I could go on, but if you’re still even reading this then I guess Voice Over is for you. If you’re in this to win this, you’ll serve yourself well by having patience with and consistently working at it. Yes, to the outsider voice over work seems like easy money, just as Novak Djokovic makes serving an ace in the Wimbledon finals seem so natural and easy. The ease comes with huge amounts of work behind the scenes!
Meanwhile, here are some tips:
- Educate yourself: Read books on voice over, watch the multitude of YouTube videos about vocal technique, studio setup, the VO business etc. Read aloud and record yourself doing so. Listen to the adverts on radio and TV, or the audio books, or whatever you’d like to specialize in. Then try to recreate that quality of delivery with your own voice.
- Find a professional vocal coach or mentor with years of experience in the industry (watch out for fly-by-nights), and perhaps look into finding an agent to represent you, though most respectable agents won’t touch you unless you already have some experience or training. Walk away FAST from agents who promise the world and ask a “joining fee” – a good agent earns a commission from the work they already got you.
- Get great demos, as varied and many as you can afford, and get them to the right people. In South Africa we have www.voicebank.co.za as a casting platform, with a few others in the works. There are many international online casting services, be sure to do your homework though on which are worth the effort. Market your business extensively and regularly.
- When you do get a foot in the door, and I sincerely hope you will, by all means negotiate your price. But don’t undersell yourself or undercut the industry standards. This WILL COME BACK TO HAUNT YOU. If you lower your rate to miniscule peanuts in order to beat a way in, we all have to follow suit, in order to survive. And then, by the time you’re experienced and in demand, peanuts will be the new average wage for experienced VOs, and you’ll be working eight times harder to earn the same amount we ‘pros’ do now. DON’T DO IT! Research the standard industry rates and respect your own hard work and talent enough to name a fair price for your excellent service. You don’t see plumbers and doctors and engineers and supermarkets charge an eighth of what their competitors charge. And if they did, do you think you’d trust their expertise? I wouldn’t. Be flexible, negotiate, but ALWAYS charge what you’re worth. Sure, hearing your own voice on the radio is always great, but the novelty does wear off, and then you’d want to have something left to work for OTHER than bragging rights.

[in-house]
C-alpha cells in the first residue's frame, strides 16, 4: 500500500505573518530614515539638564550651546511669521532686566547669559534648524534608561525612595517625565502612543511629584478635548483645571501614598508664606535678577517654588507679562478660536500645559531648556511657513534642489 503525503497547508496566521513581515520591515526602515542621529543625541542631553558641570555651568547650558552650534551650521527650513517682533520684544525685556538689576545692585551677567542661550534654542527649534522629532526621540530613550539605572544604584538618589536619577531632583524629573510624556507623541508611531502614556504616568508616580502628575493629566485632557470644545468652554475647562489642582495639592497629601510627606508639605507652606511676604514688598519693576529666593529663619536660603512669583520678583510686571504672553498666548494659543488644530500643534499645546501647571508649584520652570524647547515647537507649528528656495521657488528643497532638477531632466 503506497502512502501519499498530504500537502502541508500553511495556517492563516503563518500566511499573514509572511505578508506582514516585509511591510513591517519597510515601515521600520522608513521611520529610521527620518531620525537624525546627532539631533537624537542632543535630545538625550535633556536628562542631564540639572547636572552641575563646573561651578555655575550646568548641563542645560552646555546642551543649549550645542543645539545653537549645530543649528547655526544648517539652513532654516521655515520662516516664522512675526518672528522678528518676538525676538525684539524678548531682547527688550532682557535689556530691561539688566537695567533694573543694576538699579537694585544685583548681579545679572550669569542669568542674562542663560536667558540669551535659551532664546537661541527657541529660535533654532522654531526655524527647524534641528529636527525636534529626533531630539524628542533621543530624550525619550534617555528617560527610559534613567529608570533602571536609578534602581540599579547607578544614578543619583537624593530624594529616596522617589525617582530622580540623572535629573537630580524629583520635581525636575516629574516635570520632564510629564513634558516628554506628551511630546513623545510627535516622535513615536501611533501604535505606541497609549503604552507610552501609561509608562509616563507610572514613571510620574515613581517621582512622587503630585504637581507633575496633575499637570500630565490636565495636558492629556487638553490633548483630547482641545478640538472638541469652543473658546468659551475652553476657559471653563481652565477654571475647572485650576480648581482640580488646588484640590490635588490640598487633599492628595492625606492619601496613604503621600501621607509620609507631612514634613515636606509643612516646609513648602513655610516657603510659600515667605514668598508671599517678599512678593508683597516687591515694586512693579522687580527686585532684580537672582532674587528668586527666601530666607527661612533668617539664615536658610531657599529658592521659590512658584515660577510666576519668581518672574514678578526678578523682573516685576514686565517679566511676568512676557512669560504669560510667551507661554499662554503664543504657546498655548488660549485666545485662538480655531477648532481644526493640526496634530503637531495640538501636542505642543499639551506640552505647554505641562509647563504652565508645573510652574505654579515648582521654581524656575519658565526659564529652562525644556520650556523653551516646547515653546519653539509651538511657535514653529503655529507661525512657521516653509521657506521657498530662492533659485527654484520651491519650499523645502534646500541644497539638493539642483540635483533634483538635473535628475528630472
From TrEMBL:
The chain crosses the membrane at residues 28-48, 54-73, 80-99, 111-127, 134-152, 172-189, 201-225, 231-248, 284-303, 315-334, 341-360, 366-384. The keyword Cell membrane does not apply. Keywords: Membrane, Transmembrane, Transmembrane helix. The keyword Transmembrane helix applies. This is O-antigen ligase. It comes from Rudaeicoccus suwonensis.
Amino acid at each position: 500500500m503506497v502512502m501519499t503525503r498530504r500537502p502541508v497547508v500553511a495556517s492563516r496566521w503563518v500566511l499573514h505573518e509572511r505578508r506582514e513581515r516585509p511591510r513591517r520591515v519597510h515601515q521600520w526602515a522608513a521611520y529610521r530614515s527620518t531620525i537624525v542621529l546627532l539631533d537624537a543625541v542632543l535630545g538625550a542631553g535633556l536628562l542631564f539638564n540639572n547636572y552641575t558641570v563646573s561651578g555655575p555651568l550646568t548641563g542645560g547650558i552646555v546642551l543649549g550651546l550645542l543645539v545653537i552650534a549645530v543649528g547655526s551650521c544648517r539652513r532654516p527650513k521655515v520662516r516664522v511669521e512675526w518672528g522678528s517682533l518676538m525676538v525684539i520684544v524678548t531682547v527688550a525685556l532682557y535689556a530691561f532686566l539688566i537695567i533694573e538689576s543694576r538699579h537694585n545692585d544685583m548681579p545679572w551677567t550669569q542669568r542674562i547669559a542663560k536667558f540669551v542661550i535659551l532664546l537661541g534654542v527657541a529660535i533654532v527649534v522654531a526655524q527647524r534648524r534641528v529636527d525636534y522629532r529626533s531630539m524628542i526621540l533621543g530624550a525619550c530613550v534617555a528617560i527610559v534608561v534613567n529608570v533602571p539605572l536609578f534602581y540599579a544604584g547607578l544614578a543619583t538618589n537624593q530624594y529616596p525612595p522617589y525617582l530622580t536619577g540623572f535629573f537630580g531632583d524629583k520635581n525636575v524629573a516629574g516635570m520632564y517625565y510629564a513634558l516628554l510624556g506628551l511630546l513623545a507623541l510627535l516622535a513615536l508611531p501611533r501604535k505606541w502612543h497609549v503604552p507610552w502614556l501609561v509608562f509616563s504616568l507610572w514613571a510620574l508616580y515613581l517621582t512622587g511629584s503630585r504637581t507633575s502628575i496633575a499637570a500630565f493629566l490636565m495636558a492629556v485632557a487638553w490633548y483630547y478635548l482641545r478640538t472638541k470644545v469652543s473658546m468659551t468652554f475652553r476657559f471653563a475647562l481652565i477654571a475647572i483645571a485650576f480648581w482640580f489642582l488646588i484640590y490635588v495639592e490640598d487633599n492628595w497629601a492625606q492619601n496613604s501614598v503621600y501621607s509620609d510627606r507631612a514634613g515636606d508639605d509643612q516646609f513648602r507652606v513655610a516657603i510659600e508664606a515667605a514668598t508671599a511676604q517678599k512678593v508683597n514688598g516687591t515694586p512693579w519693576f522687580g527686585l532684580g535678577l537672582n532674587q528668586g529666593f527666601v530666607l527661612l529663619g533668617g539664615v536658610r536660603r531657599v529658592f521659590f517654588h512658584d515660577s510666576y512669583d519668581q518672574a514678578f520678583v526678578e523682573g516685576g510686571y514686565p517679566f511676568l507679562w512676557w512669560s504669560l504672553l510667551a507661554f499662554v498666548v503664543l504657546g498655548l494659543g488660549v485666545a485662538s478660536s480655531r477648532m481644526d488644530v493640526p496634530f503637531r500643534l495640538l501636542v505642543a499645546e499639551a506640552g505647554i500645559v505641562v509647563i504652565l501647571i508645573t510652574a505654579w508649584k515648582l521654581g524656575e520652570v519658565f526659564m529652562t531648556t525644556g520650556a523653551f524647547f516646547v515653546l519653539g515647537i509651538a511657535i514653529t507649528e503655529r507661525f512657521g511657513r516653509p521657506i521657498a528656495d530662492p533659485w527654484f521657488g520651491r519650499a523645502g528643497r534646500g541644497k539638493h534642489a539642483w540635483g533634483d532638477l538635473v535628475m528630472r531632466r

- Treat your relationship with your clients as a sacred entity. Show some appreciation for the opportunities; give them what they want – not what you think they should want; be on time and ready to deliver excellent work every time, and if there happens to be a glitch like traffic or illness, be honest and let people know ASAP that you’re experiencing some difficulties in delivering the product. Be amazing to work with!
- Respect your sound engineer. These guys are magicians! They are there to help you sound amazing, unless you’re being an utter douchebag. They also have the ears of the producers, and often suggest voices they think are fitting for specific jobs.
That’s it then, folks! My two cents on “I’ve been told I have a good voice.” There are probably a hundred more tips that will come to mind after I publish this post, but I think the ones above could keep you busy for a while. I wish you all the best in your endeavor and hope to see you around the studios some time! Here’s to a great career filled with joy, satisfaction, joy and prosperity.
Oh, and don’t call me after hours. I mean it.